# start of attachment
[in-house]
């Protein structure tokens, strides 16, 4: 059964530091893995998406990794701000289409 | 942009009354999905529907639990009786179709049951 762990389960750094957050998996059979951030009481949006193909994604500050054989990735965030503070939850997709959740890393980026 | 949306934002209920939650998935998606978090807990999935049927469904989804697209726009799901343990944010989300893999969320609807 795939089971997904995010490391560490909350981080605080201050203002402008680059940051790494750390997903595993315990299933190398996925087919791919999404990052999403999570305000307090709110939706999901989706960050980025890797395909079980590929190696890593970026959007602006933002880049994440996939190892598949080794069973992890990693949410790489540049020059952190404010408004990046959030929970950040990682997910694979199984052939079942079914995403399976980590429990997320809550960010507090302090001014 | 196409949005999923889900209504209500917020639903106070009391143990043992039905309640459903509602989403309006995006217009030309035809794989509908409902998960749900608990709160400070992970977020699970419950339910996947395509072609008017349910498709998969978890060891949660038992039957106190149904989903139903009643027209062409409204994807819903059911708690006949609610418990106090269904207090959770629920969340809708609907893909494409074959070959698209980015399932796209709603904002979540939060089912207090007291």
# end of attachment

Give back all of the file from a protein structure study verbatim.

[in-house]
């Protein structure tokens, strides 16, 4: 059964530091893995998406990794701000289409 | 942009009354999905529907639990009786179709049951 762990389960750094957050998996059979951030009481949006193909994604500050054989990735965030503070939850997709959740890393980026 | 949306934002209920939650998935998606978090807990999935049927469904989804697209726009799901343990944010989300893999969320609807 795939089971997904995010490391560490909350981080605080201050203002402008680059940051790494750390997903595993315990299933190398996925087919791919999404990052999403999570305000307090709110939706999901989706960050980025890797395909079980590929190696890593970026959007602006933002880049994440996939190892598949080794069973992890990693949410790489540049020059952190404010408004990046959030929970950040990682997910694979199984052939079942079914995403399976980590429990997320809550960010507090302090001014 | 196409949005999923889900209504209500917020639903106070009391143990043992039905309640459903509602989403309006995006217009030309035809794989509908409902998960749900608990709160400070992970977020699970419950339910996947395509072609008017349910498709998969978890060891949660038992039957106190149904989903139903009643027209062409409204994807819903059911708690006949609610418990106090269904207090959770629920969340809708609907893909494409074959070959698209980015399932796209709603904002979540939060089912207090007291």